Definition of tacit in US English:

tacit

adjective

  • Understood or implied without being stated.

    ‘your silence may be taken to mean tacit agreement’
    • ‘It is submitted that this represented no more than a tacit understanding between staff members.’
    • ‘In some states tacit agreements may strengthen the majorities of each party in its own constituencies.’
    • ‘Such rituals enable people to conduct business via tacit understandings.’
    • ‘Surely they own the site so must have given their tacit agreement before things got this far?’
    • ‘His continued tacit approval of the coalition is essential to its success.’
    • ‘The tacit admission reinforces the grimmest lesson of the American atrocities.’
    • ‘The informal system consists largely in tacit agreements and understandings.’
    • ‘The Promotion of Volunteering Bill has even gained the tacit support of the government.’
    • ‘There is tacit recognition of this fact within government circles.’
    • ‘No regime can rule by force alone - they usually rule by consent, whether tacit or explicit.’
    • ‘It was a tacit condoning of torture, brutality and summary execution.’
    • ‘At a recent meeting, the Minister indicated his tacit support for such a model.’
    • ‘Will they ever come to terms with what was done in their names and, for the most part, with their tacit approval?’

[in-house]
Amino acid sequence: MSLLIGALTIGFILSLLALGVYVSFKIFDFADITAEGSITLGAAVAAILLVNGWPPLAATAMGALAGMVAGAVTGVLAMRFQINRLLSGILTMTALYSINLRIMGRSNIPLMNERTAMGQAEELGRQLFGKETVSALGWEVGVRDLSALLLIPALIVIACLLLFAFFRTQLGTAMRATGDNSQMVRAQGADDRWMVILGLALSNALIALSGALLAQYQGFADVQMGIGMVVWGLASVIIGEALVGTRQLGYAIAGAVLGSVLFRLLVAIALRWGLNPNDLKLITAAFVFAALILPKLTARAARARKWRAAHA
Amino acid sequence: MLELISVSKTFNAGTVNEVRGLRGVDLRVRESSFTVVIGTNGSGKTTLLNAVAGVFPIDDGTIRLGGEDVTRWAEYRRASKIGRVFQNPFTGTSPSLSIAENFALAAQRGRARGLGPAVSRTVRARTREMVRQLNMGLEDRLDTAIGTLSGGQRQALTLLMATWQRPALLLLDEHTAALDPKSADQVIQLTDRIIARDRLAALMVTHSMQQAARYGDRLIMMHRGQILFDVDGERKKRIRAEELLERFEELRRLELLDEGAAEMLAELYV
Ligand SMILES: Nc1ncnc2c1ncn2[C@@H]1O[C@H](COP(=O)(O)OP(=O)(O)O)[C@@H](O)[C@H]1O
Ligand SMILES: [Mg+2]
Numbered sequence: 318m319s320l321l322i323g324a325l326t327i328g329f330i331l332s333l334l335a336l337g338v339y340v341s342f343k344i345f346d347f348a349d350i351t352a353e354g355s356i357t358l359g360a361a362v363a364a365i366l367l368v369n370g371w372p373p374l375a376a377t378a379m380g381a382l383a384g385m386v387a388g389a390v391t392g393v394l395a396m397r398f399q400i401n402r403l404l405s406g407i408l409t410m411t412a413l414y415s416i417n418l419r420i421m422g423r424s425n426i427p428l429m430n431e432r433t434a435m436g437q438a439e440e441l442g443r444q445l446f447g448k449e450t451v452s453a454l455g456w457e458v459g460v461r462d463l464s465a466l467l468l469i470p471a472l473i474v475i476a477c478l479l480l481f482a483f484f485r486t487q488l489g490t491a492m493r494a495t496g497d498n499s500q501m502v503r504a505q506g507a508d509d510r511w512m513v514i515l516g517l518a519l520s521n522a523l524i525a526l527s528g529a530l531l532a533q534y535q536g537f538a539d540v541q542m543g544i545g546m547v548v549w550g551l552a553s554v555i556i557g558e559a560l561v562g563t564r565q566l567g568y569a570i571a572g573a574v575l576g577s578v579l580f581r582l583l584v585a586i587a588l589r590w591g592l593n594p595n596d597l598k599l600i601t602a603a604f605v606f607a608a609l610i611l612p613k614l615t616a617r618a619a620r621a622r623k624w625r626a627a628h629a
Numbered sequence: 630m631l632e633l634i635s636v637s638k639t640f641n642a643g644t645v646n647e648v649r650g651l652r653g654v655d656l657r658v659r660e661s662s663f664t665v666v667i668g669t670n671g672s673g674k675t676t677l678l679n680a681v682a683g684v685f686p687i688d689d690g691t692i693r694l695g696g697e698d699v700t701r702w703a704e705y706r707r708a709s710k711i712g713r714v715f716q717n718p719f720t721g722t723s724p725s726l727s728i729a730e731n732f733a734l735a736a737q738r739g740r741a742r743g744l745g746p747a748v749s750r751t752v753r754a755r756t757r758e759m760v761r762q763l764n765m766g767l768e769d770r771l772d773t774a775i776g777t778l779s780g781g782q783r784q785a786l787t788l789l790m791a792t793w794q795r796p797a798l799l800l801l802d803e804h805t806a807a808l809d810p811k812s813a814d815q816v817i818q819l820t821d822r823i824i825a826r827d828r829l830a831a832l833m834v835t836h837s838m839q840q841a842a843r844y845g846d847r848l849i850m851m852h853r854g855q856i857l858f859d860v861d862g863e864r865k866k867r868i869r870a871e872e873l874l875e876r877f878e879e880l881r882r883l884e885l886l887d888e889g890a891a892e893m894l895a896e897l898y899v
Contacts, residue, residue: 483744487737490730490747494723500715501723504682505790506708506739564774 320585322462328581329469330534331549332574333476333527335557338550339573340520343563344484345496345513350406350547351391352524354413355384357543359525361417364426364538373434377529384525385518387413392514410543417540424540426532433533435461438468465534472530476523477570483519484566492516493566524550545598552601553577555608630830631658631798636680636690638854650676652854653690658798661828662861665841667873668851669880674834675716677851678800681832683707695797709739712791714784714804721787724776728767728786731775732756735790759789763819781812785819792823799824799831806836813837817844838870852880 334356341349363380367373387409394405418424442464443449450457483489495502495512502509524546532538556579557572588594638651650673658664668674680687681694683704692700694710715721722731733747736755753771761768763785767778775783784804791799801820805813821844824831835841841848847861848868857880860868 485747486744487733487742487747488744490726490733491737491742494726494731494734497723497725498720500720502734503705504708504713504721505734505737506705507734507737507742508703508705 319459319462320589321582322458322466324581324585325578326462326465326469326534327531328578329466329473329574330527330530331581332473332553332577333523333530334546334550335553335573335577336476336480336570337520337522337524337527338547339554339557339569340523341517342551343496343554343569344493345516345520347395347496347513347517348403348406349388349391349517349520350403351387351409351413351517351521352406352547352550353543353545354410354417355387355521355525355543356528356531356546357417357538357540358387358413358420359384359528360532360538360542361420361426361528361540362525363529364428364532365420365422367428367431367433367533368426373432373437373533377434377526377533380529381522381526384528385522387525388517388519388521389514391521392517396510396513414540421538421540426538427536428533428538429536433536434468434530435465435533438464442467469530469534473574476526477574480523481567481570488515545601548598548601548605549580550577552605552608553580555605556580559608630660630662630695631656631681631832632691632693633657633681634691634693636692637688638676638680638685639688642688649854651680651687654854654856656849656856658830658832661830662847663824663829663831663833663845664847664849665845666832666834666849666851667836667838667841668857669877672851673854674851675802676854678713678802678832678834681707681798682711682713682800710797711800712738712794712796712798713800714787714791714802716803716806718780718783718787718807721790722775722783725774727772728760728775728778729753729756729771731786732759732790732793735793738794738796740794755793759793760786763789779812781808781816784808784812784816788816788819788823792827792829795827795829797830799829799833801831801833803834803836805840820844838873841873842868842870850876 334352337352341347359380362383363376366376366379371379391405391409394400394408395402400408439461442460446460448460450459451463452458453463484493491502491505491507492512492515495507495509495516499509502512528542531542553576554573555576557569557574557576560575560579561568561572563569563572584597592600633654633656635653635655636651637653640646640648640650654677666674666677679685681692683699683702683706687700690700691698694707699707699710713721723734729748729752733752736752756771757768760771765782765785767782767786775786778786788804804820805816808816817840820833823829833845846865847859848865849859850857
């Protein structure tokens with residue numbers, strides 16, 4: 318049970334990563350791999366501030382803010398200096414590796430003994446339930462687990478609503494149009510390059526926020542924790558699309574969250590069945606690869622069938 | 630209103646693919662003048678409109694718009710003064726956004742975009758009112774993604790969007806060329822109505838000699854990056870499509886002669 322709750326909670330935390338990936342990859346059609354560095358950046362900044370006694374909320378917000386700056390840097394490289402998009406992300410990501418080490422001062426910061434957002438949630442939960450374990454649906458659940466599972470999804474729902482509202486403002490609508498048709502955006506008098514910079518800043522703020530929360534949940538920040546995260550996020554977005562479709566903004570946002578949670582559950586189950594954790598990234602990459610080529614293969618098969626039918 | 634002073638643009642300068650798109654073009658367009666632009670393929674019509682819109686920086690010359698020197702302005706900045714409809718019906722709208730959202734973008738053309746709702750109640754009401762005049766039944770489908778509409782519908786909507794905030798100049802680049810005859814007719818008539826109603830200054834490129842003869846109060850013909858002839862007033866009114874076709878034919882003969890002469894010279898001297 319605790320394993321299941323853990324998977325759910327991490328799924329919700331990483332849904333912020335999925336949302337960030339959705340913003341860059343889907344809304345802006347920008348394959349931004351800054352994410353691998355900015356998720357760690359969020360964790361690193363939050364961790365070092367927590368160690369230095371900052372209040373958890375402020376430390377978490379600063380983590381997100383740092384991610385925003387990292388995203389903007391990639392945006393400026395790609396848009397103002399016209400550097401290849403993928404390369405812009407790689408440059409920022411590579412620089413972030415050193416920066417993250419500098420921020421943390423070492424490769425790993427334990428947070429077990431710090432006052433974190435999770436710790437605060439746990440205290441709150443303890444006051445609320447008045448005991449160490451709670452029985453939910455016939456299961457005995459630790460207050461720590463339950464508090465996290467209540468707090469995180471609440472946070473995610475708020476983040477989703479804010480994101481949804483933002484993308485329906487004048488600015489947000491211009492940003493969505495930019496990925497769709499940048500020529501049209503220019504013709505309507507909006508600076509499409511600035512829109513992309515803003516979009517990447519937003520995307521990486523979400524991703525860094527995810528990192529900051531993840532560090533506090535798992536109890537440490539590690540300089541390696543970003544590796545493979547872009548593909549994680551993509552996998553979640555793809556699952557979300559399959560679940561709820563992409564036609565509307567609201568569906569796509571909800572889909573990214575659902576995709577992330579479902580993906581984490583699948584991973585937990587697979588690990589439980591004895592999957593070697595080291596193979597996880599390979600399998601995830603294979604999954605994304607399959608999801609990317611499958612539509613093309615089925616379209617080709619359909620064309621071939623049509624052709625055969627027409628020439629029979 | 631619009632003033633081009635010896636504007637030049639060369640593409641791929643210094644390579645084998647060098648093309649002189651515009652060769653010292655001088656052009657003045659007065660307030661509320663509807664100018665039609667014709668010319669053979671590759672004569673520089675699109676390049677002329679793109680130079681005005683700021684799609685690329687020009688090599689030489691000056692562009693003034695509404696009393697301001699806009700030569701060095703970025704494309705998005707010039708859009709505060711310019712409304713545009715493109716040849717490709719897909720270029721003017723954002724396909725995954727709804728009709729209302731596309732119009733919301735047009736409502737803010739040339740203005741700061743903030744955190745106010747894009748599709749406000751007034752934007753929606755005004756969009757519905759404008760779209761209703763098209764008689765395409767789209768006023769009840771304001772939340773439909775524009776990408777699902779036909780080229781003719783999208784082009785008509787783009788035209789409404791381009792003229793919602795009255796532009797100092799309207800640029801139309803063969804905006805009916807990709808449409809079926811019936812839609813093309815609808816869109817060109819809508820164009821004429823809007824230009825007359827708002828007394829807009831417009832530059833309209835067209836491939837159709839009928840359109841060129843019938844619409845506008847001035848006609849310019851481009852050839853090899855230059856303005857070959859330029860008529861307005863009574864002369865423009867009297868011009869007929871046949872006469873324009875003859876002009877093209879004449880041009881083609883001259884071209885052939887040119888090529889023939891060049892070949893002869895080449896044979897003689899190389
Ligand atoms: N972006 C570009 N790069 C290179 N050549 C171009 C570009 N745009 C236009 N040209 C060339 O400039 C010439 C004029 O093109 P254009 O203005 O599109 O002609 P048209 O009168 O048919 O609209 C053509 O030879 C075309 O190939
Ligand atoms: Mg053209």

• ‘It did so, first by claiming the right, and then by seeking the express or tacit support of other countries.’
    • ‘The tacit understanding is that whatever else happens inside is a matter between consenting adults.’
    • ‘What goes on in these nations therefore occurs with tacit approval of Western nations.’
    • ‘Part of the tacit deal, on the evidence of yesterday's speech, is that he goes soft on Labour.’
    • ‘Even in conservative Hong Kong, there was a sense of tacit support and envy.’
    • ‘The two main parties have become a cartel, operating a tacit understanding not to broach any important issue.’
    • ‘We agree to pay based on the tacit agreement that other necessities remain reasonable.’
    implicit, understood, implied, inferred, hinted, suggested, insinuated
    View synonyms

Origin

Early 17th century (in the sense ‘wordless, noiseless’): from Latin tacitus, past participle of tacere ‘be silent’.

Pronunciation

tacit

/ˈtasət//ˈtæsət/